As I get older, I get more liable to dismiss trivial details from my mind and sometimes I can't remember where I set the coffee cup I had in my hand just a minute ago. My mind is filled with lots more important details - for instance the ongoing rumination about where in the heck my ancestor Henry Hodge might have married his third and last wife. Where I set my coffee cup is immaterial - until I look down and it's not in my hand and I have no memory of where it might be. I know I just had it...where have I been lately?
Because my work demands that I be able to answer quickly and precisely what I've done with such and such project, I've developed little tricks to protect this occasional unpredictable memory hiccup. I have schooled myself to do the exact same process, file the exact same way in the exact same place, put materials back in the exact place they always reside. That way when I have a sudden fracture of memory about what I did yesterday, I can answer with confidence what happened. I always do that particular thing that particular way. 99% of the time it works just fine.
But then there is that 1%.
I have been buried in a mountain of paper for the last dozen years. Not only do I have an enormous amount of paper of my own to ride herd on (and this doesn't even include the piles and piles of paper I have amassed in my genealogical endeavors which is threatening to topple over and smother me), I have been the administrator of my mother's financial and medical records for this period. To be honest, anyone who looked at my filing system would think I have a bad organization problem, but I generally know where to find what I need when I need it. That's because I have that policy to always follow my established routines.
So earlier this week when I went to the place I always keep her insurance cards and they weren't there - well, to put it bluntly, I flipped out. I checked the alternate places I keep them when I'm traveling and I leave them behind in case they are needed while I'm gone. They weren't there. I began to systematically tear the house apart looking for them.
Since I've been involved in the massive declutter project as described in the previous post, things are topsy turvy around here to say the least. I came to the conclusion that I had absent-mindedly tossed them into a box of "to be filed". I dragged out all the boxes that had paperwork in them and that had been temporarily relocated to await a new permanent home. Not there.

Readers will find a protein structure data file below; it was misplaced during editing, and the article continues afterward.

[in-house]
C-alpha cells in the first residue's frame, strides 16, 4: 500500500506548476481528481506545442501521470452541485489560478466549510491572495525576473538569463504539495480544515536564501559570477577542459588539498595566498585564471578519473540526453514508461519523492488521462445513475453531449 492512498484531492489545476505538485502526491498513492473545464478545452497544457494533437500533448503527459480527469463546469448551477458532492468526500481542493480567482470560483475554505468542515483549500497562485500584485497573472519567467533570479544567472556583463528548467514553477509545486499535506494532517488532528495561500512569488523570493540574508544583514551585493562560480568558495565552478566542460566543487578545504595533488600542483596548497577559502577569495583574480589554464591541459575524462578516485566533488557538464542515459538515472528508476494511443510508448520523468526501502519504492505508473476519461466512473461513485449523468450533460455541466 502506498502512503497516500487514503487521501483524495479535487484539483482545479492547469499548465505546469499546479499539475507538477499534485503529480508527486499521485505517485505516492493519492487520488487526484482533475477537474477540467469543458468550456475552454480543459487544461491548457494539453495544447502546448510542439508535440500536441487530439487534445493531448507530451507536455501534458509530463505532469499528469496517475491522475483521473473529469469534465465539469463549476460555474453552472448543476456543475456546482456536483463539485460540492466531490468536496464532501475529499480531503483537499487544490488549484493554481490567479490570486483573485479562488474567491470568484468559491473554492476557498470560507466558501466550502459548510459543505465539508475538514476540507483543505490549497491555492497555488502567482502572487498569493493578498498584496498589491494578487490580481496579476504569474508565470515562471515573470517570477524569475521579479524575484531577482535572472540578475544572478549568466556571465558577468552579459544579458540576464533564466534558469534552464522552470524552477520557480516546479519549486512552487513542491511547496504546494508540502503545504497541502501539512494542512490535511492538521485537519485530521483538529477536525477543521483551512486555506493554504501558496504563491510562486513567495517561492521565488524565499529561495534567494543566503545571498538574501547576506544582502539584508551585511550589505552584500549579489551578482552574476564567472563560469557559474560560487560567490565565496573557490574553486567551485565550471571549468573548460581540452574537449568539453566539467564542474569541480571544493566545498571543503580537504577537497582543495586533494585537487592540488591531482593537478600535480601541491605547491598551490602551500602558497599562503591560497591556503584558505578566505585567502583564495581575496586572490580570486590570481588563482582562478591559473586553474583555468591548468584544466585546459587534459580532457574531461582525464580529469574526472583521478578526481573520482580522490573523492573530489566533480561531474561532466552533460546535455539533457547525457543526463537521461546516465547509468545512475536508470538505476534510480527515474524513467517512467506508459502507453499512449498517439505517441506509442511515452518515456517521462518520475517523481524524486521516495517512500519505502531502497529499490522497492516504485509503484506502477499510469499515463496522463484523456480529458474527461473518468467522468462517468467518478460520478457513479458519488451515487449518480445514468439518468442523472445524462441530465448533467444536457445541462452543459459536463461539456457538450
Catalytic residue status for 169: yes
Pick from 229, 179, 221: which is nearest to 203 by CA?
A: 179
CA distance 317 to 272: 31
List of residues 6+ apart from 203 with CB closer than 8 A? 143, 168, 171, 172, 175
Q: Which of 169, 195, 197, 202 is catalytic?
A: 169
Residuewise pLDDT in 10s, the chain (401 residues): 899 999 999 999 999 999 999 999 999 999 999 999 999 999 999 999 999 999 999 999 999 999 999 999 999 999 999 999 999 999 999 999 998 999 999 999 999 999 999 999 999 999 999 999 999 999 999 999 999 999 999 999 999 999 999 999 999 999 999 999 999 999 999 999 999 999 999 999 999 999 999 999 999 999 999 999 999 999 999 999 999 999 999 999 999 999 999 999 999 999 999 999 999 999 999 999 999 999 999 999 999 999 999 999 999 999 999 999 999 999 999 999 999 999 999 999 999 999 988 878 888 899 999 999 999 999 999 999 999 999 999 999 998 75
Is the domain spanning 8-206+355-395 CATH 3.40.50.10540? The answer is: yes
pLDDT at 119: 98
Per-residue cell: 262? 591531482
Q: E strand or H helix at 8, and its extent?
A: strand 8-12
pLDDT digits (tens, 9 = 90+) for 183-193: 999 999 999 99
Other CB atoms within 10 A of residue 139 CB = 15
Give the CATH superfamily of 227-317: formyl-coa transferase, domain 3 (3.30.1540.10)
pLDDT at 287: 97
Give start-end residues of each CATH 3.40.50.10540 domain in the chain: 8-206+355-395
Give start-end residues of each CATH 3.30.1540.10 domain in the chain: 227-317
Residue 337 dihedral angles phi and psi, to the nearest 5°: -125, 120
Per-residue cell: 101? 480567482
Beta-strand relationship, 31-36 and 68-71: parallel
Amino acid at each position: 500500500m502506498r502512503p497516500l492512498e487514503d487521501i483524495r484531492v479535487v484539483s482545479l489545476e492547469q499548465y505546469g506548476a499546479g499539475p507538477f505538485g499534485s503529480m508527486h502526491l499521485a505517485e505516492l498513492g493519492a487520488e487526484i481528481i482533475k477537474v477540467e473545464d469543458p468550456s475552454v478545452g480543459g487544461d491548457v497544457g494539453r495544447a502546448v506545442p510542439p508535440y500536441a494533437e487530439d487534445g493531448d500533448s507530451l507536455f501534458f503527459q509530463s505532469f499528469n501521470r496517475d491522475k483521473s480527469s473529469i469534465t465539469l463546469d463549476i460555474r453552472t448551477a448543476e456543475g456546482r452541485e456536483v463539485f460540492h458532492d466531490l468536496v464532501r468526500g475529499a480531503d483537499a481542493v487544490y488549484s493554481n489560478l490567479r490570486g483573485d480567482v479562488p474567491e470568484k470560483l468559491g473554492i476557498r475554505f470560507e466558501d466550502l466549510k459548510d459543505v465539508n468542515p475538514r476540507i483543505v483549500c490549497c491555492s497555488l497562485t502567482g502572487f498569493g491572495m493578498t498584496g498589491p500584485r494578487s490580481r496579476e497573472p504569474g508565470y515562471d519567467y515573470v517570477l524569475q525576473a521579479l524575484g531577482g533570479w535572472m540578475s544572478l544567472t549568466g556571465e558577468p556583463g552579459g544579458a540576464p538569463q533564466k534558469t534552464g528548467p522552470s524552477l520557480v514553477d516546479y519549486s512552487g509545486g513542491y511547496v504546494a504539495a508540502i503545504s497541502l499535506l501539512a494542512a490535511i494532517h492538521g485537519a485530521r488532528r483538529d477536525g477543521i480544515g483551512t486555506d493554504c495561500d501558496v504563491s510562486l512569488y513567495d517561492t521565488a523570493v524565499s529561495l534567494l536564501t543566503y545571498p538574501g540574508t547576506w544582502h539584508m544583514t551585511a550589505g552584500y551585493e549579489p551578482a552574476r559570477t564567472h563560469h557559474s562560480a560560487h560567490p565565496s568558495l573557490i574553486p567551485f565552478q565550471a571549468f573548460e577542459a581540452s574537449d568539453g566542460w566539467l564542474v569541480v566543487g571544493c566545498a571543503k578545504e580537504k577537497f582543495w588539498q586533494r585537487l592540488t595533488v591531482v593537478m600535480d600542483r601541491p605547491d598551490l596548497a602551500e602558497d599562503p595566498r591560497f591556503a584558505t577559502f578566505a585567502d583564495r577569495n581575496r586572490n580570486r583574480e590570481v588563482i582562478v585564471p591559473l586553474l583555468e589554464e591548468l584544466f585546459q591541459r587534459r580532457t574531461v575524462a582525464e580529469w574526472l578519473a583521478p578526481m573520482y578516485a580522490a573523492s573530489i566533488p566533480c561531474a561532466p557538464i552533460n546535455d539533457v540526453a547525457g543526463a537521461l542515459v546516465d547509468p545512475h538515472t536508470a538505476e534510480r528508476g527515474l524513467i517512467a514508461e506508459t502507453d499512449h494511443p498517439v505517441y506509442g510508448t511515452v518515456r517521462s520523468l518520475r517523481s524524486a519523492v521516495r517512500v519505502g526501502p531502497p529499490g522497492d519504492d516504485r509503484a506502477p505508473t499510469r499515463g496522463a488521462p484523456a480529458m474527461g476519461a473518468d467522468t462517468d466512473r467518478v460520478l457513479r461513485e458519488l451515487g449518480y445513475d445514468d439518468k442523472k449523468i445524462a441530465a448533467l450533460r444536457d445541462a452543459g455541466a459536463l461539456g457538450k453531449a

I nearly ripped the lining out of my briefcase, thinking they might have slipped through a gap. Not there. My purse got the first thorough cleaning in months with the hope that I might have tucked them in an odd pocket. Not there.
I knew they had to be in the house somewhere. This morning I started over from the top, re-checking all the logical places they might be. Then I proceeded to the illogical places where I sometimes stick something when I'm in a hurry, intending to return and deal with the item properly when I get back home. Then I proceeded to the completely inane places they might be. No luck.
And then I had one of those faint glimmers of memory suddenly come alive in the back of my mind. I remembered that I had taken a recent trip, after all the decluttering had started, and my usual place to put important documents while traveling was no longer where it was supposed to be when I had departed. I had decided to tuck the little pouch containing her insurance cards into a spot in my genealogy filing cabinet, intending to retrieve them as soon as I returned and before I forgot what I had done.
And then I forgot.
There was a huge sigh of relief when I opened that file drawer and found the little pouch nestling cozily against my DAR file.
I am just going to have to start paying attention. Has anybody seen my coffee cup?